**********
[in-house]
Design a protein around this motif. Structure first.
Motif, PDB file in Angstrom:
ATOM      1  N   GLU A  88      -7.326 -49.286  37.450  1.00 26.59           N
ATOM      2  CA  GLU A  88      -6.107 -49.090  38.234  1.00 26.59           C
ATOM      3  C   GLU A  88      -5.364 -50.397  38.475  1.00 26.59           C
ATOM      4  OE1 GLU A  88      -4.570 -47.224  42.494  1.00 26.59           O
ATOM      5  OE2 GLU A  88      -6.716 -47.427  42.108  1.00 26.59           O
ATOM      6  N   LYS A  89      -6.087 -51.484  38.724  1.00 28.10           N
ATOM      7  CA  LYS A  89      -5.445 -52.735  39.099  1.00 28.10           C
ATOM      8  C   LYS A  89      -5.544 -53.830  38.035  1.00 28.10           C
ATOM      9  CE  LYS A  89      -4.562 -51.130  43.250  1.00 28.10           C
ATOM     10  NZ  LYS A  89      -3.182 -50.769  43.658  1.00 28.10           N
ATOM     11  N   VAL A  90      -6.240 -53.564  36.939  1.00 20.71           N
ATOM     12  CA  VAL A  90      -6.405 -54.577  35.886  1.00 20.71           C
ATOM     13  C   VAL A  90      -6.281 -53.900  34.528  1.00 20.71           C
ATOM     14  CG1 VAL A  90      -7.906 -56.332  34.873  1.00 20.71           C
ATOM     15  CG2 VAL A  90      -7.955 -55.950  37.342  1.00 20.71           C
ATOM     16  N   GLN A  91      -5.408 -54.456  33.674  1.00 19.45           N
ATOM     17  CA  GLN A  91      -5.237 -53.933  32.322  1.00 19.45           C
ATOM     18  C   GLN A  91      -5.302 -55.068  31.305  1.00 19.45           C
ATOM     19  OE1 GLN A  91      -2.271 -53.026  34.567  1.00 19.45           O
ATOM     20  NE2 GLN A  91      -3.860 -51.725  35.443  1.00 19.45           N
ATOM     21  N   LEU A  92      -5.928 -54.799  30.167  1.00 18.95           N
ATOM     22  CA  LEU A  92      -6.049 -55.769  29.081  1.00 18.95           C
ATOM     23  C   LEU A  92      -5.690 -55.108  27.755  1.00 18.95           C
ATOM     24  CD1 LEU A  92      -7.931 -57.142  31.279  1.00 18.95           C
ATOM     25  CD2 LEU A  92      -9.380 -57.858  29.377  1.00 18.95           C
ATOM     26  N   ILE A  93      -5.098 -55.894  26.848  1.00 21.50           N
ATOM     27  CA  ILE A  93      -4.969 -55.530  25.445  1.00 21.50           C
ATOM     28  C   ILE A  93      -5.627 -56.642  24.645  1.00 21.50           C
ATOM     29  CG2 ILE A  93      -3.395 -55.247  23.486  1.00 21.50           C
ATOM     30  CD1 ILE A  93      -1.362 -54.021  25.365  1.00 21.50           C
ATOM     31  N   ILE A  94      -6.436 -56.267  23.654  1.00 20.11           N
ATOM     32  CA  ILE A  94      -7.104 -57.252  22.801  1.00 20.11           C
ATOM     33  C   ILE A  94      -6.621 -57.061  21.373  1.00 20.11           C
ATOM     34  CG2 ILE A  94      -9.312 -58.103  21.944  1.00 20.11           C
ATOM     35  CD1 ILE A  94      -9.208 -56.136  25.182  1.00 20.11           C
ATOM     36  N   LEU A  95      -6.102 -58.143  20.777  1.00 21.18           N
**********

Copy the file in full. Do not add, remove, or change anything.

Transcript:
[in-house]
Design a protein around this motif. Structure first.
Motif, PDB file in Angstrom:
ATOM      1  N   GLU A  88      -7.326 -49.286  37.450  1.00 26.59           N
ATOM      2  CA  GLU A  88      -6.107 -49.090  38.234  1.00 26.59           C
ATOM      3  C   GLU A  88      -5.364 -50.397  38.475  1.00 26.59           C
ATOM      4  OE1 GLU A  88      -4.570 -47.224  42.494  1.00 26.59           O
ATOM      5  OE2 GLU A  88      -6.716 -47.427  42.108  1.00 26.59           O
ATOM      6  N   LYS A  89      -6.087 -51.484  38.724  1.00 28.10           N
ATOM      7  CA  LYS A  89      -5.445 -52.735  39.099  1.00 28.10           C
ATOM      8  C   LYS A  89      -5.544 -53.830  38.035  1.00 28.10           C
ATOM      9  CE  LYS A  89      -4.562 -51.130  43.250  1.00 28.10           C
ATOM     10  NZ  LYS A  89      -3.182 -50.769  43.658  1.00 28.10           N
ATOM     11  N   VAL A  90      -6.240 -53.564  36.939  1.00 20.71           N
ATOM     12  CA  VAL A  90      -6.405 -54.577  35.886  1.00 20.71           C
ATOM     13  C   VAL A  90      -6.281 -53.900  34.528  1.00 20.71           C
ATOM     14  CG1 VAL A  90      -7.906 -56.332  34.873  1.00 20.71           C
ATOM     15  CG2 VAL A  90      -7.955 -55.950  37.342  1.00 20.71           C
ATOM     16  N   GLN A  91      -5.408 -54.456  33.674  1.00 19.45           N
ATOM     17  CA  GLN A  91      -5.237 -53.933  32.322  1.00 19.45           C
ATOM     18  C   GLN A  91      -5.302 -55.068  31.305  1.00 19.45           C
ATOM     19  OE1 GLN A  91      -2.271 -53.026  34.567  1.00 19.45           O
ATOM     20  NE2 GLN A  91      -3.860 -51.725  35.443  1.00 19.45           N
ATOM     21  N   LEU A  92      -5.928 -54.799  30.167  1.00 18.95           N
ATOM     22  CA  LEU A  92      -6.049 -55.769  29.081  1.00 18.95           C
ATOM     23  C   LEU A  92      -5.690 -55.108  27.755  1.00 18.95           C
ATOM     24  CD1 LEU A  92      -7.931 -57.142  31.279  1.00 18.95           C
ATOM     25  CD2 LEU A  92      -9.380 -57.858  29.377  1.00 18.95           C
ATOM     26  N   ILE A  93      -5.098 -55.894  26.848  1.00 21.50           N
ATOM     27  CA  ILE A  93      -4.969 -55.530  25.445  1.00 21.50           C
ATOM     28  C   ILE A  93      -5.627 -56.642  24.645  1.00 21.50           C
ATOM     29  CG2 ILE A  93      -3.395 -55.247  23.486  1.00 21.50           C
ATOM     30  CD1 ILE A  93      -1.362 -54.021  25.365  1.00 21.50           C
ATOM     31  N   ILE A  94      -6.436 -56.267  23.654  1.00 20.11           N
ATOM     32  CA  ILE A  94      -7.104 -57.252  22.801  1.00 20.11           C
ATOM     33  C   ILE A  94      -6.621 -57.061  21.373  1.00 20.11           C
ATOM     34  CG2 ILE A  94      -9.312 -58.103  21.944  1.00 20.11           C
ATOM     35  CD1 ILE A  94      -9.208 -56.136  25.182  1.00 20.11           C
ATOM     36  N   LEU A  95      -6.102 -58.143  20.777  1.00 21.18           N